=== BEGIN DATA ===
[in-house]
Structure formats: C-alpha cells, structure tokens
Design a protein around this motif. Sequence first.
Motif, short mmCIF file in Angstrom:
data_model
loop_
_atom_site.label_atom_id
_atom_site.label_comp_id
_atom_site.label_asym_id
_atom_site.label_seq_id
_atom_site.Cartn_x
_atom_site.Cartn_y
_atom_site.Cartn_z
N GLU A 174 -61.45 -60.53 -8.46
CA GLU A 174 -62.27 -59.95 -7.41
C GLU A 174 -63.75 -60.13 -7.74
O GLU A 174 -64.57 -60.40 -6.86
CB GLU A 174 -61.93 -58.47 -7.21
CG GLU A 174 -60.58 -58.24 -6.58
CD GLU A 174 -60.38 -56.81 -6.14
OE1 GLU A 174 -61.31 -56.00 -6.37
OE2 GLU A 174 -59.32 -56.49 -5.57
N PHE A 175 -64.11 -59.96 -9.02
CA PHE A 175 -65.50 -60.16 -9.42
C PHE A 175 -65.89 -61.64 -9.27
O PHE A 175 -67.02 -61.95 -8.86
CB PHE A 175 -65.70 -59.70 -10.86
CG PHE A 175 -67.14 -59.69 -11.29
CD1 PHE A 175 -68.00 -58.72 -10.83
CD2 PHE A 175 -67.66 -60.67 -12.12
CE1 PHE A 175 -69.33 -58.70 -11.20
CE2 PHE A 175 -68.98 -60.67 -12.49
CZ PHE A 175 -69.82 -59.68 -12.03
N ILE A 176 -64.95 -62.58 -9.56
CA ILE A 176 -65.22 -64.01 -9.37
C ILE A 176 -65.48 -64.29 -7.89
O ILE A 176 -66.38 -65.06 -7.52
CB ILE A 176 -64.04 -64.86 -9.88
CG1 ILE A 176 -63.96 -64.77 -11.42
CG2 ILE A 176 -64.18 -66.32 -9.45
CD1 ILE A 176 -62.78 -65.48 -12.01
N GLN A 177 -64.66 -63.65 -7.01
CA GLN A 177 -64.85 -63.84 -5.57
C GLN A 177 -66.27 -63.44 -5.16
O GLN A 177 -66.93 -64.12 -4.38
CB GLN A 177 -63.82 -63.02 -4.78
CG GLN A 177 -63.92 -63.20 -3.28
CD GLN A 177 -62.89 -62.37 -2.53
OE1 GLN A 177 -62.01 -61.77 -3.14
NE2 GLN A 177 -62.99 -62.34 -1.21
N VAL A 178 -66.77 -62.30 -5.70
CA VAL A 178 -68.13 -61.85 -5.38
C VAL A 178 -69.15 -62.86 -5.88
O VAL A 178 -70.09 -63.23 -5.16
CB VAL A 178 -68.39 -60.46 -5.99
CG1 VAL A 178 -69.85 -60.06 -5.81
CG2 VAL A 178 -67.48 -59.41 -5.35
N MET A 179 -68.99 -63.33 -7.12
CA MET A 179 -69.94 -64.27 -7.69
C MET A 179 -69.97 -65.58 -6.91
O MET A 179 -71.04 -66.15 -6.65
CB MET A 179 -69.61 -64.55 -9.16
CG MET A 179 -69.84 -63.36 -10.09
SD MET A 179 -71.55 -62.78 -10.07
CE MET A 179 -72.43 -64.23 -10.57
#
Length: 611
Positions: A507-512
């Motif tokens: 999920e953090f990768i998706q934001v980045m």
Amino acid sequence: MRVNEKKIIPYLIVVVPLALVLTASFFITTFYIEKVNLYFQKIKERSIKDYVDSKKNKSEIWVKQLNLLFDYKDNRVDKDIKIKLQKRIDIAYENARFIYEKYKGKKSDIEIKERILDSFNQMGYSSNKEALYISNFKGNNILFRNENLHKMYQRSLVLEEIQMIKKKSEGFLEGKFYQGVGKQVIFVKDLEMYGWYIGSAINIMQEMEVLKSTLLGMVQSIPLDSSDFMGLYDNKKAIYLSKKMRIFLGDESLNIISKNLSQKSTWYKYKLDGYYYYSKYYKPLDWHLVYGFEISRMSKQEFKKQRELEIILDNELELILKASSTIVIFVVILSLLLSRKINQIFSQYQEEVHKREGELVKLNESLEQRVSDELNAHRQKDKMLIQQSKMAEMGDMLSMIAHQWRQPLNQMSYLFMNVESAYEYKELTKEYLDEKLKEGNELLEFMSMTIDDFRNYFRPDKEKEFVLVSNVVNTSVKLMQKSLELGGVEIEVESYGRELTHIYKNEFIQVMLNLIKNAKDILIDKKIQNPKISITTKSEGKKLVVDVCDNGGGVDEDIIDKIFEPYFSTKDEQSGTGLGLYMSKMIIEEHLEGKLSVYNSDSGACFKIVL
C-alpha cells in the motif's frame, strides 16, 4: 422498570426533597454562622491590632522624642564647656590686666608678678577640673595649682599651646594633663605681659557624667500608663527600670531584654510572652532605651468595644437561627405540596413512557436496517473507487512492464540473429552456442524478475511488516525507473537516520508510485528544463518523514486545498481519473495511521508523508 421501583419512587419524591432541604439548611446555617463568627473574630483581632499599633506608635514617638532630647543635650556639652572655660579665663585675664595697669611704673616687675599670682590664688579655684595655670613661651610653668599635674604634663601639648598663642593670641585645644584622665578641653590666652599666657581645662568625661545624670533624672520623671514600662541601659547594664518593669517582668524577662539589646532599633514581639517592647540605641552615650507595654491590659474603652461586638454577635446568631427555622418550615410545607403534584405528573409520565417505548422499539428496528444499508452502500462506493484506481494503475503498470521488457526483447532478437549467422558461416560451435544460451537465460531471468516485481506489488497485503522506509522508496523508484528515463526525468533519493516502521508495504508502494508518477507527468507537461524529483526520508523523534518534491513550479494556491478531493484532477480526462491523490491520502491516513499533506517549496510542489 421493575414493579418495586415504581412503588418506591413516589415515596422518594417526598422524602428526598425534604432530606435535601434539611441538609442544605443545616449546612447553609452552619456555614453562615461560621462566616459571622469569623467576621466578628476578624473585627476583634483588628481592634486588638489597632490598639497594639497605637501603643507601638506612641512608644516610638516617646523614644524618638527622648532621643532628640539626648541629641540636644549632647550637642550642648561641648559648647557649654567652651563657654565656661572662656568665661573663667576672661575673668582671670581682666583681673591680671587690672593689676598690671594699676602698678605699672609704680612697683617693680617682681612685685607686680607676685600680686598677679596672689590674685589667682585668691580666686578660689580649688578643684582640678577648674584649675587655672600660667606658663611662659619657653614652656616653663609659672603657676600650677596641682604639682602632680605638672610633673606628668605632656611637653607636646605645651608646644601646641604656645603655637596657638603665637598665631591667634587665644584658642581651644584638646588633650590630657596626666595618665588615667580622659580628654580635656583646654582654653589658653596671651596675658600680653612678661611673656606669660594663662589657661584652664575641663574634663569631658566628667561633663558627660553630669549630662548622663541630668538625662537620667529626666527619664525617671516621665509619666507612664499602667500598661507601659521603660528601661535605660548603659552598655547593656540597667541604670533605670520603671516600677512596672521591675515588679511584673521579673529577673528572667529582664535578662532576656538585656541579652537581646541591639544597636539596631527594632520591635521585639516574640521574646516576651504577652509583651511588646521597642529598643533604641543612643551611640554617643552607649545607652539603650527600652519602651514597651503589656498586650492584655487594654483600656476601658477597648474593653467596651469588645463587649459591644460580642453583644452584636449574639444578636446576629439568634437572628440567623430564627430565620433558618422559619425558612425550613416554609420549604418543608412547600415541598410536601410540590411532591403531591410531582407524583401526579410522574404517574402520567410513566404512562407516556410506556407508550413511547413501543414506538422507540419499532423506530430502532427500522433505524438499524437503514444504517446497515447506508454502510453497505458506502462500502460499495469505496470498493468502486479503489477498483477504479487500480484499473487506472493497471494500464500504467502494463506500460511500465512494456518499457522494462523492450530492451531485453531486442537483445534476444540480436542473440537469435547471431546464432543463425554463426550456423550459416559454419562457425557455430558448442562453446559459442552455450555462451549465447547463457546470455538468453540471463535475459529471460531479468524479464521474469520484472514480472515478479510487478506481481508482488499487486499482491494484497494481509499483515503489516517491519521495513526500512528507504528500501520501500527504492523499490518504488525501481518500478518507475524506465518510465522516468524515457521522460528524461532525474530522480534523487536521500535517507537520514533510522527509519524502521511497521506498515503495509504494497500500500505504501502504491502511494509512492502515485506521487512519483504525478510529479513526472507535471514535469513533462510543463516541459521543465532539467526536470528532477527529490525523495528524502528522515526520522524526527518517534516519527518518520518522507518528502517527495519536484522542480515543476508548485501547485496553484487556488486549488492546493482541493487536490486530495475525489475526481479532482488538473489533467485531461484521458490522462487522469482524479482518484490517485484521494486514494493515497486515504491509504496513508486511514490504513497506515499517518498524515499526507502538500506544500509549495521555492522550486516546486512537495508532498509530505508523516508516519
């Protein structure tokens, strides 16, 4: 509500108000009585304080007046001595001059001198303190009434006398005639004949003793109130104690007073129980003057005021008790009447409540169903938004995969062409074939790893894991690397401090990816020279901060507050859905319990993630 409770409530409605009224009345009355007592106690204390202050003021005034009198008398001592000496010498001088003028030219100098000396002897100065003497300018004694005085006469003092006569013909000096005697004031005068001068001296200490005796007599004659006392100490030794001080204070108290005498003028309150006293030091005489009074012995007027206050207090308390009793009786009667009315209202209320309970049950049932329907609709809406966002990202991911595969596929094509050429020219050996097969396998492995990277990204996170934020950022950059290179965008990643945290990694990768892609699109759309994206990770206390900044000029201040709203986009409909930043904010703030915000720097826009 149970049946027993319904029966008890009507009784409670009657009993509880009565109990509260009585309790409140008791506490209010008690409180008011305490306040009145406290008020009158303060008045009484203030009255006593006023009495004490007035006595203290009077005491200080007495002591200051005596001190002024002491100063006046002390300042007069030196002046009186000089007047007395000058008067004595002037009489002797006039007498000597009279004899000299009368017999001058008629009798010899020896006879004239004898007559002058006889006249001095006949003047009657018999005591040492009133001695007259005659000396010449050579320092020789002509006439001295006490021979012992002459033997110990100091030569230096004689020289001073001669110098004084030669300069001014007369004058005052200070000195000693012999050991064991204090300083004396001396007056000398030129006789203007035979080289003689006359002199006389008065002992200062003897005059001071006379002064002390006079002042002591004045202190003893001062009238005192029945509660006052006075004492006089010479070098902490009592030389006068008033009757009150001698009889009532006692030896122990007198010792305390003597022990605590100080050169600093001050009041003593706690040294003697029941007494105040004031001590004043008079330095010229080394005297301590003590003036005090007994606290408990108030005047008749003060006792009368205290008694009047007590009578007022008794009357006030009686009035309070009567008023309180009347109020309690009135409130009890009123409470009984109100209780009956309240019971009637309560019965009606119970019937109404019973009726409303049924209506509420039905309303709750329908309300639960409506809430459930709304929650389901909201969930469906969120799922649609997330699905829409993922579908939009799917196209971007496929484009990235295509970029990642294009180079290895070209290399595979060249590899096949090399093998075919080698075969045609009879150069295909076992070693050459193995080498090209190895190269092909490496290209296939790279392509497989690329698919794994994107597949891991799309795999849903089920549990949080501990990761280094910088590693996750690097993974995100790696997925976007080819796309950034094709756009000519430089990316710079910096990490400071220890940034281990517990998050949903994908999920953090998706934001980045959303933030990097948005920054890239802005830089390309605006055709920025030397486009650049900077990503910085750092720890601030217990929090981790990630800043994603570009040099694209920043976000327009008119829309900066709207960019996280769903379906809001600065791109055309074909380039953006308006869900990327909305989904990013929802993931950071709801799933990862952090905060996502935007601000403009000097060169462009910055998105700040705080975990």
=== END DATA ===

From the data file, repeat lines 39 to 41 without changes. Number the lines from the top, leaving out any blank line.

CG1 ILE A 176 -63.96 -64.77 -11.42
CG2 ILE A 176 -64.18 -66.32 -9.45
CD1 ILE A 176 -62.78 -65.48 -12.01